Lone Sculpture http://ift.tt/1jZPMgv
Cloudy Night http://ift.tt/VtPTFG
A fire pit by a house in the woods to keep us warm thru the night. http://ift.tt/1vLY6Qv
A fire pit by a fores http://ift.tt/VtrVdU
Team picnic #summertime #playnowworklater http://ift.tt/Uivtix
A small post launch celebration http://ift.tt/1gumTCa
Let not the snowfall put you off from going on a trail. Things are clearer when all you can hear is nature and your own heartbeat. http://ift.tt/1gumTlA
There is a flag atop the Eli, the tall apartment building on Church Street by the Courthouse, behind Timothy Dwight College. It is one of the many things you see everyday in the backdrop but not notice, like the bikes parked by your entryway, the parking meters, the birds. It was just one of these things for me till I saw it on the night of my first ever snowstorm. It was the only thing that was neither static nor silent when the rest were getting steadily covered in white without offering any resistance. It seemed taut, distraught. I could hear it brave the wind in the silence of the night.
The next morning was calm. The flag was still there, waving casually, just as it did on any other day, but it was no longer like the bikes by your entryway, the parking meters, the birds. It had more weight, a greater presence, gravity, and command. I was at the window to see what had become of it after the storm first thing in the morning. And I stayed there for a while just looking at it curiously.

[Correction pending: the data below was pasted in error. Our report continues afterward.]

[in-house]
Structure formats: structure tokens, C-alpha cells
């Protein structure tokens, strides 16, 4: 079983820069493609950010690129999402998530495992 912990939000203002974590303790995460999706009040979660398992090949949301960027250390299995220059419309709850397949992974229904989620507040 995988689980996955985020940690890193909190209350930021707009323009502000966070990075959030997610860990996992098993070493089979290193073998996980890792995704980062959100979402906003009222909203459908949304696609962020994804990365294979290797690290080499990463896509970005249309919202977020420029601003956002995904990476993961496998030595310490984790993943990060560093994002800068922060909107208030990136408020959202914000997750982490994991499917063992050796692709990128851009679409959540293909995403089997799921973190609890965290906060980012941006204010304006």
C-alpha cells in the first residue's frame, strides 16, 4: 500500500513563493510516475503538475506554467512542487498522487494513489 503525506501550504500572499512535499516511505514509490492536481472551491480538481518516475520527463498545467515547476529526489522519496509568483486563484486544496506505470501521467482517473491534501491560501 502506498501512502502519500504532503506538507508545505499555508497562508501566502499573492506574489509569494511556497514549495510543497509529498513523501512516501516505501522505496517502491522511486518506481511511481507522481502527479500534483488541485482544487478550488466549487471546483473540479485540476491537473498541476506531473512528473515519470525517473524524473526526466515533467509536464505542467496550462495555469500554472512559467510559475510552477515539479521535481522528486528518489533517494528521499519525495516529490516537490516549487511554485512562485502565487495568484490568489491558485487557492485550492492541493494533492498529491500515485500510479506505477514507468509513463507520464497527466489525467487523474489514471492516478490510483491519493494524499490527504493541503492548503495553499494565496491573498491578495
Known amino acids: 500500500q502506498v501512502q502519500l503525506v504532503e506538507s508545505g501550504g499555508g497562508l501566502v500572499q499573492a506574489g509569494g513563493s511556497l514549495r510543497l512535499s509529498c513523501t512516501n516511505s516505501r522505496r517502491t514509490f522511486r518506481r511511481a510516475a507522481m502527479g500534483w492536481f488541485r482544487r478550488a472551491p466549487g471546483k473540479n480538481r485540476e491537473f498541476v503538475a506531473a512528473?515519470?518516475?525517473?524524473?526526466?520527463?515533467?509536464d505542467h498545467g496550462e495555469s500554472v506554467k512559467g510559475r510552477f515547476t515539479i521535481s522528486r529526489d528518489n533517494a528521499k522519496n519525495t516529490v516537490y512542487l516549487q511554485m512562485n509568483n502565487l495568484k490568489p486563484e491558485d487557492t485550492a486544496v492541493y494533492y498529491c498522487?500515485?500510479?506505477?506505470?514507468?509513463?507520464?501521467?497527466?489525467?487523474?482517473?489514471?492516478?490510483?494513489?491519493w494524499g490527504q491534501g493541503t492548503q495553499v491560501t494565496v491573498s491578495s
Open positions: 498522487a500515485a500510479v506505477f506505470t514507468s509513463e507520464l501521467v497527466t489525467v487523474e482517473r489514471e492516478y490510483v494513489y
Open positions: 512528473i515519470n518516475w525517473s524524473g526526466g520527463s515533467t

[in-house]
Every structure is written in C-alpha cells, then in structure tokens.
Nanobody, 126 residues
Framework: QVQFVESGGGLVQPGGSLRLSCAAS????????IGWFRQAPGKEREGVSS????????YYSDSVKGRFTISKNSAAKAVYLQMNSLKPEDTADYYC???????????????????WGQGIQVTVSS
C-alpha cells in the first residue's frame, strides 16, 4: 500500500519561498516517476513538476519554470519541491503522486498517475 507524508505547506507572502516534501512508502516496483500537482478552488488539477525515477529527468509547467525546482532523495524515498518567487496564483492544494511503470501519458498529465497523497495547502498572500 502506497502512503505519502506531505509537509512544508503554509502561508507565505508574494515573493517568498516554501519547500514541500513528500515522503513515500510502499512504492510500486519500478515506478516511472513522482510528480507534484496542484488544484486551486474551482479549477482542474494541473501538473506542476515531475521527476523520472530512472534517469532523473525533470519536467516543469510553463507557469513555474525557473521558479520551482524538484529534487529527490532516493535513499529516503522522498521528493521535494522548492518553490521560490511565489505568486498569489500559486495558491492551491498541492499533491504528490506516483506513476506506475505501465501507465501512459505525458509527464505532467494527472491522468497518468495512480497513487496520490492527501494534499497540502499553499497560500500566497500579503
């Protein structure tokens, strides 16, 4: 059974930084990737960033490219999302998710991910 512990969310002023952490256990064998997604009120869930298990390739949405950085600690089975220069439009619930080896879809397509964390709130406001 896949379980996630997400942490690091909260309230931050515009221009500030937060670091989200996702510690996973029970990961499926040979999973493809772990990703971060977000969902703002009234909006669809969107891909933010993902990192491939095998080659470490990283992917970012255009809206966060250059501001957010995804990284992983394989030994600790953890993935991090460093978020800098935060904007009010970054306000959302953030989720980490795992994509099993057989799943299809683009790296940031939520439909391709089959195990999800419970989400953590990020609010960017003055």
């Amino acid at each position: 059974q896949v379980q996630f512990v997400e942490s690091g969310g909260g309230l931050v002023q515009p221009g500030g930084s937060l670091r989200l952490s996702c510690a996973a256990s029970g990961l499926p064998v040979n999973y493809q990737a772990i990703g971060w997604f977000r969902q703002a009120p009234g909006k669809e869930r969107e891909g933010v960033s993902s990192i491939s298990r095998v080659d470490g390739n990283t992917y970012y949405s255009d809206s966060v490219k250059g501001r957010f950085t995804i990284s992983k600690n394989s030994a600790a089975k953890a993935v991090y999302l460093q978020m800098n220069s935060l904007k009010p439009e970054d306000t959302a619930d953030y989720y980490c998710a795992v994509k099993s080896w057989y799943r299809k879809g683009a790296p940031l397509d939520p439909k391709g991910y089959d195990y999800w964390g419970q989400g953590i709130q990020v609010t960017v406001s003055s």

It became a daily ritual to look at it while walking across the courtyard on the way to class, and then again in the evening on the way to dinner. It was like a pulse, indicating the passage of time and the ebb and flow of things. It was also a totem for the ability to endure. Sometimes, after a rough day I would sit on the bench to look it at for longer than usual. Sometimes I would even notice some signs of wear and tear. I was never sure if they were actually there or if they were simply artifacts of expectation.
As we leave this town to start in the uncertain “real” world, we can be certain about the snowstorms, the passage of time, the ebb and flow of things. But we can also be certain about the ability to endure. A day may come when you and I feel some wear and tear and begin to doubt this certainty. On that day we may not even remember much of this place or of each other, but we should certainly make a trip to this town, sit on the bench for a few moments, and look at the flag atop the Eli.